Celltrion sets sights on 2017 for EU and US rituximab biosimilar success

By Dan Stanton

- Last updated on GMT

Celltrion is based in Songdo, South Korea. Image: iStock/Vichly44
Celltrion is based in Songdo, South Korea. Image: iStock/Vichly44

Related tags Monoclonal antibodies

Celltrion is confident that 2017 will bring European approval and a US filing for Truxima, after achieving regulatory success for the Rituxan biosimilar in Korea.

Truxima - also known as CT-P10 – becomes Celltrion’s third biosimilar product to be approved in Korea after 2012’s Remicade (infliximab) biosimilar Remsima, and Herzuma, a version of Roche’s Herceptin (trastuzumab) approved in 2014.

“Celltrion’s Rituxan (rituximab) biosimilar has been granted product approval by Korea’s Ministry of Food and Drug Safety (MFDS) as of November 16th, 2016,”​ a spokesperson for the confirmed, adding includes all indications of Roche’s reference drug including Non-Hodgkin’s Lymphoma, chronic lymphocytic leukemia and rheumatoid arthritis.

Biopharma-Reporter was told “this important milestone showed robustness of data package of Truxima,” ​and similar results are expected in the EU and the US.

“Celltrion submitted Truxima to the EMA in October 2015 and expects product approval in 2017. US Application will be submitted to US FDA somewhere in early 2017.”

Remsima was approved and launched in the EU in 2013​. In the US, the product is marketed under the name Inflectra by Pfizer and after being approved earlier this year by the US Food and Drug Administration (FDA), the biosimilar is expected to be launched within the next few days​ at a 15% to its reference.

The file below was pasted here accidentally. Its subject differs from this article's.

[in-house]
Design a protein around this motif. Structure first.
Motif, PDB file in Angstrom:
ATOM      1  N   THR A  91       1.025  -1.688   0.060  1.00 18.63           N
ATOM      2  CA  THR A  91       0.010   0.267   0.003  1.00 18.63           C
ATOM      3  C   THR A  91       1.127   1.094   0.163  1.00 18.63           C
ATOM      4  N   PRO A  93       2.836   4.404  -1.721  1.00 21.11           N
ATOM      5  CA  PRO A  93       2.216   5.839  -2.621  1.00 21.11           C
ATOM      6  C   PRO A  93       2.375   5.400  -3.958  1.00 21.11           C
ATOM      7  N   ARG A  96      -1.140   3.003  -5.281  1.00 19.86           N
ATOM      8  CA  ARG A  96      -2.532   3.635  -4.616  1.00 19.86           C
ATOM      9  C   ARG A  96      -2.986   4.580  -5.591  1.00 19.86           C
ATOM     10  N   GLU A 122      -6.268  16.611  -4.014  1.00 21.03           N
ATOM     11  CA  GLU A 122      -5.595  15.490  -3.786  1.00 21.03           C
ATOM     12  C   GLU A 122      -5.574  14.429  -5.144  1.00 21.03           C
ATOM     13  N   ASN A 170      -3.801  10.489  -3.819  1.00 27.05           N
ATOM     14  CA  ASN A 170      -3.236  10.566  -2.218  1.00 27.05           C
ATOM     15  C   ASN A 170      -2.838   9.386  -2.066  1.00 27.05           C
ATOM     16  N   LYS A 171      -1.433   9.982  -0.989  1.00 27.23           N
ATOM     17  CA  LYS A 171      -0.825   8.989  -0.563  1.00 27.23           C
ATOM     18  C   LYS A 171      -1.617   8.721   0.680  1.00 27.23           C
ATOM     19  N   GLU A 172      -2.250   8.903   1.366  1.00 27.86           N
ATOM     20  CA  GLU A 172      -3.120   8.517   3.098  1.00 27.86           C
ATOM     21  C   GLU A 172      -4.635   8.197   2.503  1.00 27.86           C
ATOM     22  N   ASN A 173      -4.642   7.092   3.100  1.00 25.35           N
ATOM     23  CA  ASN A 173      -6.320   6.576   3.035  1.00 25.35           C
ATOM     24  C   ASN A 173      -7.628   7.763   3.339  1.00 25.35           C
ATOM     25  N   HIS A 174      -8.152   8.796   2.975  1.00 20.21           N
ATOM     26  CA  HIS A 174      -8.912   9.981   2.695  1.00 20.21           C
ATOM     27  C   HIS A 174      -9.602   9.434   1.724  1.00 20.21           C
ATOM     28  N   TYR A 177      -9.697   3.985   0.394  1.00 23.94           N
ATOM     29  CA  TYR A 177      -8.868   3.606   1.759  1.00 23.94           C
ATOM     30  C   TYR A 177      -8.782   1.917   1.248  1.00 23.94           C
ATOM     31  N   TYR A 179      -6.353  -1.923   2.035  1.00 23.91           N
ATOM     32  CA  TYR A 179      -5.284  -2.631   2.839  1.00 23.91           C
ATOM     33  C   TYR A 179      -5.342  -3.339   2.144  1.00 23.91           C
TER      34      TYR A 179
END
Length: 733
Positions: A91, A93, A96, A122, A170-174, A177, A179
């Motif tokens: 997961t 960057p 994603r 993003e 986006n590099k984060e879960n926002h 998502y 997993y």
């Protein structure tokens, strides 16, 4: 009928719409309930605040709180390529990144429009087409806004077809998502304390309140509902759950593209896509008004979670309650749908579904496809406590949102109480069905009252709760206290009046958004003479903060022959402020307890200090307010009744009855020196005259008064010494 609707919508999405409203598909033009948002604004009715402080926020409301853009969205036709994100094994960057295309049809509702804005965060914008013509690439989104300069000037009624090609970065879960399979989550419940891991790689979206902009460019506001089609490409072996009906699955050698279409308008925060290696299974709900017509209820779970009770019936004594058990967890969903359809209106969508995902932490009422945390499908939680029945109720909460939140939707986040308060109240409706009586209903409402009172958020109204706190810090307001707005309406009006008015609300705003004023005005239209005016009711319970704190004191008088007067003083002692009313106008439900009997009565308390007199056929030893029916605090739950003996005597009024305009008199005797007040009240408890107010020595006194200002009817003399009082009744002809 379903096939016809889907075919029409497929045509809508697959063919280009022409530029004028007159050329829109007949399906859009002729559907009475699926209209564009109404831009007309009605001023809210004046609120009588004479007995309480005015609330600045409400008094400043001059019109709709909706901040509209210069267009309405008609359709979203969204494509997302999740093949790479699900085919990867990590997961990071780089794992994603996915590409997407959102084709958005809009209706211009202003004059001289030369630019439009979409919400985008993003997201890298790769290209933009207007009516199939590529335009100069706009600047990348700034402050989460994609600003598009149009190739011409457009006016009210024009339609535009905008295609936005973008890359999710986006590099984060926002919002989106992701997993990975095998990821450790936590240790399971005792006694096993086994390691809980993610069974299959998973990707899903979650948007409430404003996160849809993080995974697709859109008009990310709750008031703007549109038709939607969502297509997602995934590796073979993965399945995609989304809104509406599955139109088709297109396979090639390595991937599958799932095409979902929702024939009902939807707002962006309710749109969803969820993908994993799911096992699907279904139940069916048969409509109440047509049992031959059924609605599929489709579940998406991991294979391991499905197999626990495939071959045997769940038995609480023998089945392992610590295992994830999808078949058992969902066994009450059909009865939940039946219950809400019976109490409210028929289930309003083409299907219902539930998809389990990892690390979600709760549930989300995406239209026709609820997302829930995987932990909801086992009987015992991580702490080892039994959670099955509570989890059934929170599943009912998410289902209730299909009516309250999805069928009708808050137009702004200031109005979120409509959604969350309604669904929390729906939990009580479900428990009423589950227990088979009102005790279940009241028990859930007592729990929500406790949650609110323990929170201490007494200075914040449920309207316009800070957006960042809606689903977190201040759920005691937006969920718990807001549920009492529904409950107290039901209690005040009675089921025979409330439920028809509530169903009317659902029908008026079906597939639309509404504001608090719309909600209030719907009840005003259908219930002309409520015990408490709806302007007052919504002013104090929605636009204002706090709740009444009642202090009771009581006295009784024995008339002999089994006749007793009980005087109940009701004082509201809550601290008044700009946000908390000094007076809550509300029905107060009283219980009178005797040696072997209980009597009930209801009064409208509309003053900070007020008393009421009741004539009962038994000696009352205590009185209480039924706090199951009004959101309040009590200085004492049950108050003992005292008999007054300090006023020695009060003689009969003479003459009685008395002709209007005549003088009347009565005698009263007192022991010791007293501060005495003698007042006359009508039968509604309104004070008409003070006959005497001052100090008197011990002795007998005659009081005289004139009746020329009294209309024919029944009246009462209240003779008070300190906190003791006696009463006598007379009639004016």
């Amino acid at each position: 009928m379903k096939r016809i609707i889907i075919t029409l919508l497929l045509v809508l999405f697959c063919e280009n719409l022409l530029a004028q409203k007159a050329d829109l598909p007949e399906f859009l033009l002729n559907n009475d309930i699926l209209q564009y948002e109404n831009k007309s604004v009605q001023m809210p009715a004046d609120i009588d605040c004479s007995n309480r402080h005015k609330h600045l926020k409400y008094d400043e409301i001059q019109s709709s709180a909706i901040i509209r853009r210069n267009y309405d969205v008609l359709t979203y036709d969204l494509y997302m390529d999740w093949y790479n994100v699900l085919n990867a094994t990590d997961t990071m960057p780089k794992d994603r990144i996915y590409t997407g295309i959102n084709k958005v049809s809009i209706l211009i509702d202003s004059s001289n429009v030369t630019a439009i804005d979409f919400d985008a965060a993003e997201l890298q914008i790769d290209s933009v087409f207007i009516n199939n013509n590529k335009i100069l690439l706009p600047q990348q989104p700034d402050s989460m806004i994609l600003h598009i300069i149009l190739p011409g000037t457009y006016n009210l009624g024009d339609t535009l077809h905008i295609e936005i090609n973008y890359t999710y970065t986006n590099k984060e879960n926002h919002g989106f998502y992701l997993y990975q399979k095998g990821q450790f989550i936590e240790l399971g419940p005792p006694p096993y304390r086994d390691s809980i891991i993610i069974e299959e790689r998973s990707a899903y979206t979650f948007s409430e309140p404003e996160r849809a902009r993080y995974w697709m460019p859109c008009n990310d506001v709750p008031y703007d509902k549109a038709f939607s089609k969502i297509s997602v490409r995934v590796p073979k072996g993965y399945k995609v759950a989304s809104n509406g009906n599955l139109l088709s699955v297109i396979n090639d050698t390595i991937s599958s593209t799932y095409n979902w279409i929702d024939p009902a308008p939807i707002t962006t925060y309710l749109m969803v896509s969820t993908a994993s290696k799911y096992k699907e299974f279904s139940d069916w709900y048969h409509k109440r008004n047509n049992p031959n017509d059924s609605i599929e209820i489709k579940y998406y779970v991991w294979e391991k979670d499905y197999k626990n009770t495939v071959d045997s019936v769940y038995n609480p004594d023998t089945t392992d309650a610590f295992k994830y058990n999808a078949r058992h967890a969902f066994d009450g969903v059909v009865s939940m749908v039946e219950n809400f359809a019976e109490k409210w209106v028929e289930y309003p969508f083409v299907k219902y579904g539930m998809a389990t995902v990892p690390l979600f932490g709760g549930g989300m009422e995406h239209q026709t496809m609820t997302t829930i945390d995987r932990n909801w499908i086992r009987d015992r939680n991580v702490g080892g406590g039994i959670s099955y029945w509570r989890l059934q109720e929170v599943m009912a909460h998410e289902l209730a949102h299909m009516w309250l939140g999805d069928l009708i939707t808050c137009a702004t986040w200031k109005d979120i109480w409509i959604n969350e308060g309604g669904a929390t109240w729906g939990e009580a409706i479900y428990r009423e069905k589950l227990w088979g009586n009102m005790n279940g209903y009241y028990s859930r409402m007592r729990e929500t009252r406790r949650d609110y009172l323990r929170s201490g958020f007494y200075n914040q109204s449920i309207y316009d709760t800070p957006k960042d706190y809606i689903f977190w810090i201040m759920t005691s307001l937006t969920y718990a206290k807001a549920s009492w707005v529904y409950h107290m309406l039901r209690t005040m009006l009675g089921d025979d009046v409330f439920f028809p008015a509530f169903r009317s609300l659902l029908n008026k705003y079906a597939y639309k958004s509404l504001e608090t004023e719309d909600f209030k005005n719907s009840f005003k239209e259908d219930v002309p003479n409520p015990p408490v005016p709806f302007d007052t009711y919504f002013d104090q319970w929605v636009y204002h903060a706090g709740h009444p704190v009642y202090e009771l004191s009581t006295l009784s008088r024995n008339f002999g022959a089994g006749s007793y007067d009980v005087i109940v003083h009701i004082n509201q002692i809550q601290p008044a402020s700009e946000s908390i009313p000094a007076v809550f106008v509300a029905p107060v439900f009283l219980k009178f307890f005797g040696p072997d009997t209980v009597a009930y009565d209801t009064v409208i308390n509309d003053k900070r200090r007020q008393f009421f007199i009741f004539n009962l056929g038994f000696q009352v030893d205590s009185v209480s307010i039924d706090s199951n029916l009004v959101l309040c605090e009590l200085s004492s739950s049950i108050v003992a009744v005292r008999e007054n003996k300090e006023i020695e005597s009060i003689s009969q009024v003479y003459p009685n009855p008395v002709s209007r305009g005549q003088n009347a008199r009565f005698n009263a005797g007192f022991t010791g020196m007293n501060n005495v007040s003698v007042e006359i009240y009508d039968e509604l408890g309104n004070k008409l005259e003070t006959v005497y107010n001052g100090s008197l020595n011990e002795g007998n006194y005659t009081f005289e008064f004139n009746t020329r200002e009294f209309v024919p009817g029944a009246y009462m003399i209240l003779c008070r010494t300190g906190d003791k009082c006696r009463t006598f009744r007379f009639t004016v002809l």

Celltrion is collaborating with Pfizer over a number of biosimilar products, but Truxima – if approved – will be sold by Teva in the US after the Israeli generics firm made an upfront payment of $160m in October​ to commercialise the biosimilar, along with Celltrion’s version of Herceptin.

Celltrion’s biosimilar products, along with its proprietary biologics, are made at its site in Songdo, Korea​ which is expected to boast 310,000L of bioreactor capacity when a third mammalian cell culture facility comes on line in 2021.

AstraZeneca and Samsung Biologics JV

In related Korean rituximab news, Archigen Biotech has received approval from the MFDS to initiate clinical trials on its lead candidate SAIT101, intended to also be a competitor to Roche/Genetech’s Rituxan.

The company was formed in 2014 as a 50/50 joint venture between Anglo-Swedish Big Biopharma AstraZeneca and Korean contract biomanufacturer Samsung BioLogics.

Samsung BioLogics – located near to Celltrion in Songdo – is also involved in other biosimilar projects, owning 91% of Samsung Bioepis which has biosimilars of Enbrel, Remicade, Humira, Lantus, Herceptin, and Avastin in its pipeline.

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